The first book, Harry Potter and the Sorcerer’s Stone, left off with Harry and his Hogwarts friends returning home for summer break after their first year at the school of wizardry and witchcraft.  In this, the second book of the series, the story opens with summer break coming to an end – and not a moment too soon for Harry, who has spent a miserable few weeks with his adoptive Muggle family, the Dursleys.  Harry is visited in his bedroom by a house elf, who warns Harry not to return to Hogwarts – but returning to Hogwarts is what Harry longs for more than anything.  After a dramatic rescue from the Dursleys by the Weasleys in an enchanted car, Harry does return to Hogwarts and embarks on a new year of wizard education, and a new adventure.

Residents of Hogwarts keep turning up petrified – the first a cat, which is found under the ominous message scrawled on the wall of the corridor:


And so the rumors and questions begin swirling: Slytherin . . . Where is the Chamber of Secrets?  Who is the Heir?  Who is petrifying Hogwarts inhabitants?

When Harry becomes a prime suspect, he is determined to get to the bottom of the Chamber of Secrets – and get to the bottom of it he does.

Told with humor and just the right amount of suspense and intrigue, I was hooked, and finally closed the book feeling satisfied.  I’m eager to get back to Harry and his friends at Hogwarts – but, as I’m committed to several other books at the moment, they’ll have to wait.  Hopefully not for too long!

Harry Potter and the Sorcerer’s Stone by J.K. Rowling

51MU5VilKpL Harry Potter and the Sorcerer’s Stone (Book 1)
by J.K. Rowling

This is going to be short and sweet, because, really, what can I say about Harry Potter that hasn’t already been said?  I finally read it – the first book of the series, anyway – sixteen years after it was published, and almost as many since it became one of the biggest deals in children’s literature.  I hadn’t planned on ever reading it, but I appreciated Rowling’s The Casual Vacancy so much that it warranted, finally, a look at what else she’s done.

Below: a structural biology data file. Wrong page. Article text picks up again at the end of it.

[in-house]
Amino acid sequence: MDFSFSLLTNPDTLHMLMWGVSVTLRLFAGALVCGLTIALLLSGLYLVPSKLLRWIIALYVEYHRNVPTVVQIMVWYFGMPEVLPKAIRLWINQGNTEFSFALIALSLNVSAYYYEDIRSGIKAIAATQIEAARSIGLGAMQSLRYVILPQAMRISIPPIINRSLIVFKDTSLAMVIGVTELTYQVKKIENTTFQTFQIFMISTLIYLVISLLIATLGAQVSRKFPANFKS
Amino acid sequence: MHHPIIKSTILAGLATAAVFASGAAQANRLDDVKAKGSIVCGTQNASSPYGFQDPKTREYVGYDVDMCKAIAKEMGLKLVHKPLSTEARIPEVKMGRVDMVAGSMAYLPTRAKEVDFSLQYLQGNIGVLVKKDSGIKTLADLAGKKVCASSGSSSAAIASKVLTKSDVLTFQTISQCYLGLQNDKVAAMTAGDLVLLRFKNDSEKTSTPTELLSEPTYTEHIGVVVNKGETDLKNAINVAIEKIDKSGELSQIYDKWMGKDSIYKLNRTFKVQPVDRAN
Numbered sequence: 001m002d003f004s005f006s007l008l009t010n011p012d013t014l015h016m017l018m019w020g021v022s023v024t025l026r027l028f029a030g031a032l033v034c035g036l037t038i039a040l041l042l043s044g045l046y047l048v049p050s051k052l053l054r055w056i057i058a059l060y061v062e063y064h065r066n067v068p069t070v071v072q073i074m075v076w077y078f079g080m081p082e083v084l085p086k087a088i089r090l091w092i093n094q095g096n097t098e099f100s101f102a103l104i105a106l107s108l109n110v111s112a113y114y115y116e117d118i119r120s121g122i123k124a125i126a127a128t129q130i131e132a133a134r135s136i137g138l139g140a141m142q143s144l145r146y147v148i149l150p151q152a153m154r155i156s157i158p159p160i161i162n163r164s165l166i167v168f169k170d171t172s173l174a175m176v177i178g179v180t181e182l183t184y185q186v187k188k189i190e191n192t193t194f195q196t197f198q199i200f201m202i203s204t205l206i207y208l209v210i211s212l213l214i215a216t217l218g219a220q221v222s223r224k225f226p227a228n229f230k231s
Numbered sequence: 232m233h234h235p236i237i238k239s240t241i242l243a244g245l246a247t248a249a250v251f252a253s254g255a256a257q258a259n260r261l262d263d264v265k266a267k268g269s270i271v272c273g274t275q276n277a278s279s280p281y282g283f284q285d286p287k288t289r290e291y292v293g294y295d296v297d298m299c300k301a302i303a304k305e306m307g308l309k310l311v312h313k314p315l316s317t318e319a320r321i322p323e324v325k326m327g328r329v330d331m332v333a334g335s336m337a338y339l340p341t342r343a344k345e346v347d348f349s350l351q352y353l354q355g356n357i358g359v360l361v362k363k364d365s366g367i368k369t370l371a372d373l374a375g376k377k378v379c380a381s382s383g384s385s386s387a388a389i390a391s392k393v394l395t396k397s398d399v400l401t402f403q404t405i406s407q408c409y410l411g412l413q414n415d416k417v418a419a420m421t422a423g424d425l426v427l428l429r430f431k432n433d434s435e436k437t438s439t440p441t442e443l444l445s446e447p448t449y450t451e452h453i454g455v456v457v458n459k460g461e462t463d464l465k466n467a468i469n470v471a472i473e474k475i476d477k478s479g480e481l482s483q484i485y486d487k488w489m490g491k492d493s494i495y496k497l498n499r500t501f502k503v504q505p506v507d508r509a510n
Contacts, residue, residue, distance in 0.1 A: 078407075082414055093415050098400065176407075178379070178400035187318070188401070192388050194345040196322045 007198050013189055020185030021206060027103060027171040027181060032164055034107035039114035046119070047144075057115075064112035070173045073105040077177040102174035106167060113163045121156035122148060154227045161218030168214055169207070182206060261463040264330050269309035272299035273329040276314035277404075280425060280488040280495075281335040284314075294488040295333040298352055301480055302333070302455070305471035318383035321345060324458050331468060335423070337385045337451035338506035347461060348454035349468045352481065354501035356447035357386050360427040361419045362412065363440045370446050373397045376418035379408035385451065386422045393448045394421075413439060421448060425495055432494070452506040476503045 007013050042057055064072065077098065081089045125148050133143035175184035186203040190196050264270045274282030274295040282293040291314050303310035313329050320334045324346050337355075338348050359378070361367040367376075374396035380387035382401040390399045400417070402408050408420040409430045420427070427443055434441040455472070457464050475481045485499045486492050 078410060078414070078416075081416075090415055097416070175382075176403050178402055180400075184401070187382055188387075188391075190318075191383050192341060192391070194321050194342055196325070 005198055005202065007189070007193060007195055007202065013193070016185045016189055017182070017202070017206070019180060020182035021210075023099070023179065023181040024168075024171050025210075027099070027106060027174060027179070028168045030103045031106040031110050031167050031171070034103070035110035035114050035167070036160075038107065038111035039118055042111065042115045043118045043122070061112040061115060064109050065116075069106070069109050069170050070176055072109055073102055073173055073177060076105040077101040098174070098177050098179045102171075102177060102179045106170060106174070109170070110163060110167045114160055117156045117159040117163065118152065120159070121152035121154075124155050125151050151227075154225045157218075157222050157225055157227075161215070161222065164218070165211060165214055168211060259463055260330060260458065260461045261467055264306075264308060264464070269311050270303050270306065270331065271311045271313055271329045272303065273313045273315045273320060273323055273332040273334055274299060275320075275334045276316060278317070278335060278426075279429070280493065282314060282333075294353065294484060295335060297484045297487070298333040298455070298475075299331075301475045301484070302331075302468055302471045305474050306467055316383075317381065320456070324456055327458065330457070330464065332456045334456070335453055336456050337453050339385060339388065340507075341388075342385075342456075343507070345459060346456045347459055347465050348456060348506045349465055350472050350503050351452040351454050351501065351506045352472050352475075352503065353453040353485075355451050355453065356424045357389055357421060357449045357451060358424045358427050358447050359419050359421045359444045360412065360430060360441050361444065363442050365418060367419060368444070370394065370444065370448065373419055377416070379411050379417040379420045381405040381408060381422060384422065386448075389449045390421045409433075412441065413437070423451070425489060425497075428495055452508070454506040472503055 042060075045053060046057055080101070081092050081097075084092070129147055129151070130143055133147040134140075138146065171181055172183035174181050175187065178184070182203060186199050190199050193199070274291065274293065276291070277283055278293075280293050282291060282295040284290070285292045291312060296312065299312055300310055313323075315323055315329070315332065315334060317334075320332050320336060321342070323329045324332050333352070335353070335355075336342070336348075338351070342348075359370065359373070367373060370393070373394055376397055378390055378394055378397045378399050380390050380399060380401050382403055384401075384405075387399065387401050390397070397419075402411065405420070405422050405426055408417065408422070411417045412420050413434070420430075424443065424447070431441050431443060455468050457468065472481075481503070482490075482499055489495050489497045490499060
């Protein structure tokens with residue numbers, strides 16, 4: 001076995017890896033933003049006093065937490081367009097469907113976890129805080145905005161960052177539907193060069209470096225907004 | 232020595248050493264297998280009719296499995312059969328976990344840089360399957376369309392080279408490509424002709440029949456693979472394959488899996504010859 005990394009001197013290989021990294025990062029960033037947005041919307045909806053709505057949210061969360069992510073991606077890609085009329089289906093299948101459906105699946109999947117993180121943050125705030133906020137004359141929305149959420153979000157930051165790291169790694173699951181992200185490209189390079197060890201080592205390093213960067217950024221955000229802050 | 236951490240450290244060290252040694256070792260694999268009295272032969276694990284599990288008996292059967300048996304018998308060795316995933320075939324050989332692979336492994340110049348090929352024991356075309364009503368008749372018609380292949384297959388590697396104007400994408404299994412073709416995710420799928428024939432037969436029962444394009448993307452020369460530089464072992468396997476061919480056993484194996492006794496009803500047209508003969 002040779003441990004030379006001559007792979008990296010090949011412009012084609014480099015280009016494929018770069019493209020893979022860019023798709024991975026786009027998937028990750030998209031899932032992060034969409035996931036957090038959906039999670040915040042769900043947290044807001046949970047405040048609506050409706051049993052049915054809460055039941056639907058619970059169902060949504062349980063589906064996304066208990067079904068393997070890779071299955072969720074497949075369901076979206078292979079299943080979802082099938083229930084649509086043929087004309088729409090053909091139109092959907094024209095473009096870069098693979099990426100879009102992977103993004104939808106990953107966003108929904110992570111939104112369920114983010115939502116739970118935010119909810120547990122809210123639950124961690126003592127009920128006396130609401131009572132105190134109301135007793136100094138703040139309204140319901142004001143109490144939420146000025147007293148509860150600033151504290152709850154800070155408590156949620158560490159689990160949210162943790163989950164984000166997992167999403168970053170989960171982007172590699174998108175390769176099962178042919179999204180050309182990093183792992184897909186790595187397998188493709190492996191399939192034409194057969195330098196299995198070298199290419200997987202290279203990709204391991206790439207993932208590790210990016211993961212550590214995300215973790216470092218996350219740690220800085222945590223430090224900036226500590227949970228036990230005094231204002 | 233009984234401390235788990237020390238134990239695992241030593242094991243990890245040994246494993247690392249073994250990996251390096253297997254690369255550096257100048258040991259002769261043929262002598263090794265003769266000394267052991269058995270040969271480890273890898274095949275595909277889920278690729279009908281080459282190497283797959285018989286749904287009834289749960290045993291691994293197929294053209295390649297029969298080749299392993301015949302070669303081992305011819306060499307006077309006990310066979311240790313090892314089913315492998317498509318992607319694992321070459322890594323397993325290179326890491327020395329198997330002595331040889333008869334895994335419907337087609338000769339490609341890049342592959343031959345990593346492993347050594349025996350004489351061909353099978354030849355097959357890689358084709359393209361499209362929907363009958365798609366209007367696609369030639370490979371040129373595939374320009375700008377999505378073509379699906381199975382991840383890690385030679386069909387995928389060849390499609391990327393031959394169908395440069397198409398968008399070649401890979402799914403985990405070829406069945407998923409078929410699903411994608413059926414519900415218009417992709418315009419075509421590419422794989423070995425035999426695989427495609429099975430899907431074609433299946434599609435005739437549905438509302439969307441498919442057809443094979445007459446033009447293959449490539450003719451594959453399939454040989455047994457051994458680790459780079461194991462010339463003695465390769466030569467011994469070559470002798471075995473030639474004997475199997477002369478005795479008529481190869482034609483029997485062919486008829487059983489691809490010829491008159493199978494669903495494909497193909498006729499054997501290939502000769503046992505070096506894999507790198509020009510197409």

On the off chance that you haven’t read Harry Potter and don’t know what it’s about, it’s about a young boy in contemporary England who is orphaned as a baby and unwillingly taken in by his mean aunt and uncle.  The circumstances of his parents’ demise are rather mysterious, but it’s well known – at least among witches and wizards – that it was at the hands of the evil Voldemort, although Harry believes that they died in a car accident.  Poor Harry, neglected and abused by his aunt and uncle and tormented by his spoiled cousin, has little to look forward to, until one day – shortly before his eleventh birthday – a letter arrives for him.  Actually, a deluge of letters, the contents of which have his aunt and uncle scrambling to ridiculous lengths to run from.  Finally, the letter catches up with them on a deserted, storm-swept island, by way of Hagrid, a giant and gamekeeper of Hogwarts, the premier school of witches and wizardry to which Harry is being summoned by the letter.

And so begins Harry’s education as a wizard.  It is at Hogwarts that Harry learns of the true circumstances of his parents’ death, his own seemingly royal status, and where he befriends Ron Weasley and Hermione Granger who accompany him on his many adventures.  Harry proves to be a good student, a formidable Quidditch player, and a brave wizard who finds himself in numerous scrapes in his quest to fight evil.